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The Resistance

A Louis Morgon Mystery by Peter Steiner

The Resistance by Peter Steiner

Review: Louis Morgon's life was the CIA, winning awards and commendations for his work. But now he is without a job, fired for incompetence. Thirty-five years old, he's young enough to start something else, but after attempts at teaching and writing he's at a loss. Heeding the advice of his ex-wife to start over in a new place, he travels to France, where he discovers the charming village of Saint-Leon-sur-DÍme. Buying an old house in desperate need of repair, he sets about making a new home for himself. While working in the kitchen replacing tiles, the floor gives way to the crawlspace below, where he finds an old wooden box containing six loaded pistols, a container of ammunition, and a stack of papers that appear to be handbills. Obviously decades old, the printing had faded to the point of being nearly illegible, but he can make out a few names, one of which is the same as the current constable of the village, Jean Renard. Intrigued, he sets out to learn more about his find in The Resistance, the fourth mystery in this series by Peter Steiner, but set earlier in time than the previous books.

Morgon takes the box to Renard and they date the contents to the early 1940s, when Renard's father, for whom he was named, was also constable of Saint-Leon. It was a precarious time for the village …

In May of 1940 the Germans began occupying France. Inevitably towns became divided over the action, some residents siding with the Germans as collaborators, others — often neighbors — resisting their presence. The latter adopted red Vs and Lorraine crosses as their symbols of resistance, painting the town with them. And then the handbills started, the first simply titled "Liberation … Issue 1 … January 12, 1941". The writer told of news from Germany, Russia, and other parts of France, where the Germans were rounding up Gypsies and Jews and anyone else who disobeyed German authority. No one would admit to distributing, let alone writing the handbill, even after twenty men and women were taken into custody, five of them killed. The handbills continued to appear until June 4, 1944, when the last "Liberation" was written, giving the news that the invincible Third Reich was falling to the Allies.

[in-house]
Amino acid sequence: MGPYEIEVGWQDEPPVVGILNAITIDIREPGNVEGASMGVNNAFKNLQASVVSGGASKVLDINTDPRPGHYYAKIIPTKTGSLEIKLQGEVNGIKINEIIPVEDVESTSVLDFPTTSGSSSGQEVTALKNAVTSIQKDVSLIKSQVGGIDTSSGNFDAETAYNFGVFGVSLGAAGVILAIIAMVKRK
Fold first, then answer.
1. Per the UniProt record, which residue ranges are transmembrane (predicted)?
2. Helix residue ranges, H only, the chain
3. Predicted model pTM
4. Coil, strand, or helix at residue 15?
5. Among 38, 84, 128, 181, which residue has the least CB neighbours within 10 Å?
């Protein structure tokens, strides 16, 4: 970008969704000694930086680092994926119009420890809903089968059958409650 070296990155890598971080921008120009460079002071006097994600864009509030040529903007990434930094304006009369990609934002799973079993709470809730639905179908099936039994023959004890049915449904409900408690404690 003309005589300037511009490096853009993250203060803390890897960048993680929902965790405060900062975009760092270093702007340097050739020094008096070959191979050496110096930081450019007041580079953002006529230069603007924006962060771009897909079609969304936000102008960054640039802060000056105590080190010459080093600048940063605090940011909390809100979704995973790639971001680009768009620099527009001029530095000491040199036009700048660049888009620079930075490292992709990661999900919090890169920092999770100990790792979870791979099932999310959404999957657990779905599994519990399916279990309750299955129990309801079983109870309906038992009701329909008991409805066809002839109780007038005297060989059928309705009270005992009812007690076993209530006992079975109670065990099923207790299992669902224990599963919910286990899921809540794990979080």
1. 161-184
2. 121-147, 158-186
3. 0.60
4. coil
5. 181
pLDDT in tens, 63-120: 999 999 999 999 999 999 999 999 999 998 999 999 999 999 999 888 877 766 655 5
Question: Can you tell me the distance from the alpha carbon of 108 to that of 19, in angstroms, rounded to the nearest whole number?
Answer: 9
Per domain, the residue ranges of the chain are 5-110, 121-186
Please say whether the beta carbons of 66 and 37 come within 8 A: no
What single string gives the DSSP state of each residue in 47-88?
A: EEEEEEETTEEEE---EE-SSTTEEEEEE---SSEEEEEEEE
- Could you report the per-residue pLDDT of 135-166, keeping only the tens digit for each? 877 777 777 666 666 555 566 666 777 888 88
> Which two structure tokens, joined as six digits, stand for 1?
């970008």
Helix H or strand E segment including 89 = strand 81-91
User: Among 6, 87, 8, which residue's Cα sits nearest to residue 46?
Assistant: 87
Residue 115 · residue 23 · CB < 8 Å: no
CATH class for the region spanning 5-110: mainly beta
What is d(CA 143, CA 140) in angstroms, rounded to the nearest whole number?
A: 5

The Resistance is a superb historical thriller, told mostly from the perspective of the people of Saint-Leon of the 1940s. Louis Morgon actually plays a relatively small role here, but it is a clever way of developing the storyline. The identity of the "Liberation" writer remains a mystery right up to the very end, but this book should be enjoyed for more than just the mystery, also for the strong characters and their range of emotions: love and hate, violence and forgiveness. It is a time of history that many would like to forget, but it is a time of history that needs to be remembered.

Special thanks to guest reviewer Betty of The Betz Review for contributing her review of The Resistance.

Acknowledgment: Minotaur Books provided a copy of The Resistance for this review.

Review Copyright © 2012 — Hidden Staircase Mystery Books — All Rights Reserved

Selected reviews of other mysteries by this author …

Mystery Book Review: The Terrorist by Peter SteinerThe Terrorist
Minotaur Books (Hardcover), May 2010
ISBN-13: 9780312373443; ISBN-10: 0312373449

Location(s) referenced in The Resistance: France

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The Resistance by Peter Steiner

The Resistance by A Louis Morgon Mystery

Publisher: Minotaur Books
Format: Hardcover
ISBN-13: 978-1-250-00371-3
Publication Date:
List Price: $26.99

Buy the Book (purchase options)

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Page Author: Lance Wright
Site Publisher: Mysterious Reviews

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